Only 13% Schizophrenia Healthcare Costs in Hospital: Using nationally representative data over 2 years for 571,000 adults with schizophrenia living in the community,  there were $2.13 billion per year in direct medical expenses for schizophrenia with mean and median yearly per-patient expenses of $3726 and $1748, respectively. Inpatient care accounted for only 13% of costs, while ambulatory care and prescription drugs accounted for 75%. Medicaid incurred $1 billion spent on schizophrenia treatment. Mean per-person spending for schizophrenia patients with comorbidities ranged from $3913 per year for those with comorbid hypertension to $5618 per year for those with comorbid dyslipidemia. Mean annual total healthcare expenditures for patients with schizophrenia ranged from $5990 for those with no comorbid conditions to $12,292 for those with comorbid hypertension. Healthcare spending among community-dwelling adults with schizophrenia. McDonald M, et al. Pfizer, NY, NY. Am J Manag Care. 2005 Sep;11(8 Suppl):S242-7.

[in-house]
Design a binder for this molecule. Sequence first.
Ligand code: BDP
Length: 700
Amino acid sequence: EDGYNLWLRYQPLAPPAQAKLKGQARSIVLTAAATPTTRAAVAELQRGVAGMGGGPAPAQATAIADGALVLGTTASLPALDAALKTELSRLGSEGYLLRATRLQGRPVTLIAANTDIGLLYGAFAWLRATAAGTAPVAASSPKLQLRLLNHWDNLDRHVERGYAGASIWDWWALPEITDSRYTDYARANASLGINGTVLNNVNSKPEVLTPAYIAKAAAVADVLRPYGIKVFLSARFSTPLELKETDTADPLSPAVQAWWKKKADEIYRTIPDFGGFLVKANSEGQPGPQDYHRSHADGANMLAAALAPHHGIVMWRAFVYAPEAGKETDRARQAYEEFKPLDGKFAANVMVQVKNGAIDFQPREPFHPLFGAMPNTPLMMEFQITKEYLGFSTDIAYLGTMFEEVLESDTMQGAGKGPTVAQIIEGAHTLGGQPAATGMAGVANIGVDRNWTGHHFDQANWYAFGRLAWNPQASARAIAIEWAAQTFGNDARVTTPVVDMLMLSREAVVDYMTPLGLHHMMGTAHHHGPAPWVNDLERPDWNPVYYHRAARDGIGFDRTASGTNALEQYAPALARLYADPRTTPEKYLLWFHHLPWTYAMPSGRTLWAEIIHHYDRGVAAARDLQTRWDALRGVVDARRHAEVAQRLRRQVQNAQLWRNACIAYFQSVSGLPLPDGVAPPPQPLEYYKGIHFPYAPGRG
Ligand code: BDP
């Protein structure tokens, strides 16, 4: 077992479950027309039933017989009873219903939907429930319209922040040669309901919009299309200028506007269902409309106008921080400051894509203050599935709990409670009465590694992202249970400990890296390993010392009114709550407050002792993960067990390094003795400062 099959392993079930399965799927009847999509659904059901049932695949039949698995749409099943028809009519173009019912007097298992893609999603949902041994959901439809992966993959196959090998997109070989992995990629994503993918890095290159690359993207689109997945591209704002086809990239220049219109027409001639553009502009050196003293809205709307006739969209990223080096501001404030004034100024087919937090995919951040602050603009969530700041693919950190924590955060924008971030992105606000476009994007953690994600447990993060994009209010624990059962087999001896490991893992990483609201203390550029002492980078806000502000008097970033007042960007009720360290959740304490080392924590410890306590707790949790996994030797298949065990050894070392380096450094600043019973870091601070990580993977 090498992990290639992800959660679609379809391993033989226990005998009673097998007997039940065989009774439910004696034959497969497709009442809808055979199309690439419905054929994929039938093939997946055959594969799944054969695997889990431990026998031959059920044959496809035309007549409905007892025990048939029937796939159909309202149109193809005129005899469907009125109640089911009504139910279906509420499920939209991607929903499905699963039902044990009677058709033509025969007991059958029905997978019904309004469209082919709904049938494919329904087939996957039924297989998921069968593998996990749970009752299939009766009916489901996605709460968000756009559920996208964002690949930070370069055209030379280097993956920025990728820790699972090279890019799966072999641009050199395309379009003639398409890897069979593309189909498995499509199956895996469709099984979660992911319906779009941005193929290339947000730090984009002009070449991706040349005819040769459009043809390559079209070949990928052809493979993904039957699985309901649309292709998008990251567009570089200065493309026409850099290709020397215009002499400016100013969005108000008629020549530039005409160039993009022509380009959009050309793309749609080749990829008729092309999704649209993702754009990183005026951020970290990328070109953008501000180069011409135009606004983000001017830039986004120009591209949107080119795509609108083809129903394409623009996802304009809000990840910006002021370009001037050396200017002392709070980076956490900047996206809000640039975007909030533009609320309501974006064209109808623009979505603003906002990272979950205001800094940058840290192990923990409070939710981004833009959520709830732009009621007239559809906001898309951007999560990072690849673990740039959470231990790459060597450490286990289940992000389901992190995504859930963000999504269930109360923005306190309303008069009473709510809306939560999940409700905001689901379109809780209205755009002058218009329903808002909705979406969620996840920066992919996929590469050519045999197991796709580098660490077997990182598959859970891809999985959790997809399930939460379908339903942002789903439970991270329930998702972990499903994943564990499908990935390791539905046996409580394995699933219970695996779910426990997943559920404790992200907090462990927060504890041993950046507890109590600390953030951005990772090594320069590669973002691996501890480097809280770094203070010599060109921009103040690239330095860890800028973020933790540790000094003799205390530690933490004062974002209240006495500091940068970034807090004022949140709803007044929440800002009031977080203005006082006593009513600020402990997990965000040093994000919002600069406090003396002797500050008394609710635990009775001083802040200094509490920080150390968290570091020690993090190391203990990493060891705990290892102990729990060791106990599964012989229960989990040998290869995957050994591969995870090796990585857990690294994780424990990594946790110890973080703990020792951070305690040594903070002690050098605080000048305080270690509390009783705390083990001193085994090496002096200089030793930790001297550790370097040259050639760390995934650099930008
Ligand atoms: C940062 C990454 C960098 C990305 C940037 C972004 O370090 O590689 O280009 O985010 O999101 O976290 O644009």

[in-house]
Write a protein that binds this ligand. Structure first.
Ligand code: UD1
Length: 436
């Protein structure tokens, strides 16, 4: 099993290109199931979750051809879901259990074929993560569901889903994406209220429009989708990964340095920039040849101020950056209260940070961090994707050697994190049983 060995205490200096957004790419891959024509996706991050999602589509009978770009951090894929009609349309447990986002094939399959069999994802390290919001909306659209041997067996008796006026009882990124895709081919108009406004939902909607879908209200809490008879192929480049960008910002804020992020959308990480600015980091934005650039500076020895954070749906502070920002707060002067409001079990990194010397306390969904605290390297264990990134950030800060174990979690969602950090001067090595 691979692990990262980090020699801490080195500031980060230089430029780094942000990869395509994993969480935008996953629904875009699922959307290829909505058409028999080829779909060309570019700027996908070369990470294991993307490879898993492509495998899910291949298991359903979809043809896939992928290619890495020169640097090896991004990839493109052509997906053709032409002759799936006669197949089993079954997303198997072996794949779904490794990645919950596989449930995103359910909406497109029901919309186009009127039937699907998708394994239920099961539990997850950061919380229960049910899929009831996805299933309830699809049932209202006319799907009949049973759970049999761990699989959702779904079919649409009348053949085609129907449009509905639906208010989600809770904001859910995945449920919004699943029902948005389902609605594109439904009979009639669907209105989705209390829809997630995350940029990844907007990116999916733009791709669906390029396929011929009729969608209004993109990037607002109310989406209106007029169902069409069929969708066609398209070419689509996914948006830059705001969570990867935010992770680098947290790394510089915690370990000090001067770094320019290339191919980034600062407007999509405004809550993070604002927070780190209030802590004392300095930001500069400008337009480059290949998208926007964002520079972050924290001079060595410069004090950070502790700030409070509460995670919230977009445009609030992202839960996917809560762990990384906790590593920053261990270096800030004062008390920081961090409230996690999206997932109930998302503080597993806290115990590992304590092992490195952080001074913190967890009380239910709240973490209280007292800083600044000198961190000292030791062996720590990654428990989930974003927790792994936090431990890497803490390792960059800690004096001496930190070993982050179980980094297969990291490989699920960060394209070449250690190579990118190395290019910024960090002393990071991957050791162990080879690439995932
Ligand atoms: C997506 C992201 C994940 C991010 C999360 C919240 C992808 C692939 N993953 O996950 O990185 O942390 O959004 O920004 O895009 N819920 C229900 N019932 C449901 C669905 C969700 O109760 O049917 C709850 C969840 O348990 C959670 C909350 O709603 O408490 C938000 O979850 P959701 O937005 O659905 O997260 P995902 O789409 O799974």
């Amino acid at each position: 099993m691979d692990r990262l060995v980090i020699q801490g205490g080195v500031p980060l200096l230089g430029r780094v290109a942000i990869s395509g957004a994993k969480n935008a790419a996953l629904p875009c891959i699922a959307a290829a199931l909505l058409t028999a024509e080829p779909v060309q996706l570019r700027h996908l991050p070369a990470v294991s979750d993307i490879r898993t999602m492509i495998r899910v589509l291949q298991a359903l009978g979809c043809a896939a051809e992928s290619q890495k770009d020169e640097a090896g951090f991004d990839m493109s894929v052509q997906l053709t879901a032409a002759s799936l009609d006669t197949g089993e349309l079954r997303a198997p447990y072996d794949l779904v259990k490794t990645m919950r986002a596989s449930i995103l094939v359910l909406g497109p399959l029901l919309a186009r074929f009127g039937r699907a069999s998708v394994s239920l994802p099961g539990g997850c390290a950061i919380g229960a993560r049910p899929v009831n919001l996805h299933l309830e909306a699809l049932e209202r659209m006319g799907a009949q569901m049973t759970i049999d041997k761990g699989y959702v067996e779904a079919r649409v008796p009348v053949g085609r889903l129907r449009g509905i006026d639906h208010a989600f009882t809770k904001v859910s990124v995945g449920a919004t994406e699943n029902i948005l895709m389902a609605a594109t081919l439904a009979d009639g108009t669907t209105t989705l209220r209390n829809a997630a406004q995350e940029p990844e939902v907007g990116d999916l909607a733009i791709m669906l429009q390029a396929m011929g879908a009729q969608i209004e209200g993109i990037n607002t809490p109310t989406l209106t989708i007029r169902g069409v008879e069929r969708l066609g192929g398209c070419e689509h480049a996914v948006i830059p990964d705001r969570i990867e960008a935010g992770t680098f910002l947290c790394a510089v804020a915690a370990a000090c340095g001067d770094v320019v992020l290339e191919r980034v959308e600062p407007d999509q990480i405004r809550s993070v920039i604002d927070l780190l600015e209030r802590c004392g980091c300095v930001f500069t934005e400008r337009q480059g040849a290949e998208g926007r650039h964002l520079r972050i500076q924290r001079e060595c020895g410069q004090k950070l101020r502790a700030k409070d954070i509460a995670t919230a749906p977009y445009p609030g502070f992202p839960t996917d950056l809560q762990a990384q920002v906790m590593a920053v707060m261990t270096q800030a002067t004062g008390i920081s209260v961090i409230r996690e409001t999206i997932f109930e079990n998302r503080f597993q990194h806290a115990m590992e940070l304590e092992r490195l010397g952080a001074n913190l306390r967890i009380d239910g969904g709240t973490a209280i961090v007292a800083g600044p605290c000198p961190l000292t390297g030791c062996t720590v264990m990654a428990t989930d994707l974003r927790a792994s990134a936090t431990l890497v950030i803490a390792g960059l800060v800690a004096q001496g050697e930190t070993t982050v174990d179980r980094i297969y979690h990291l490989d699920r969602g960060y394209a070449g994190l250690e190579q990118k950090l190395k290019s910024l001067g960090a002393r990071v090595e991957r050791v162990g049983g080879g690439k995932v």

Olanzapine (Zyprexa) Disfavored Due to Side-effects; Ziprasidone (Geodon) and Aripiprazole (Abilify) Favored: The main side-effects of the atypicals are weight gain and metabolic effects, including disturbances in glucose metabolism and a risk of induced diabetes. However, the atypicals are not interchangeable: the risk of incurring these effects is high with clozapine and olanzapine, moderate with risperidone and quetiapine (but perhaps increasing at higher doses), and minimal with ziprasidone and aripiprazole. Atypical antipsychotics and the burden of disease. Simpson GM. LAC + USC Medical Center; Los Angeles. Am J Manag Care. 2005 Sep;11(8 Suppl):S235-41.

Thomas E. Radecki, M.D., J.D.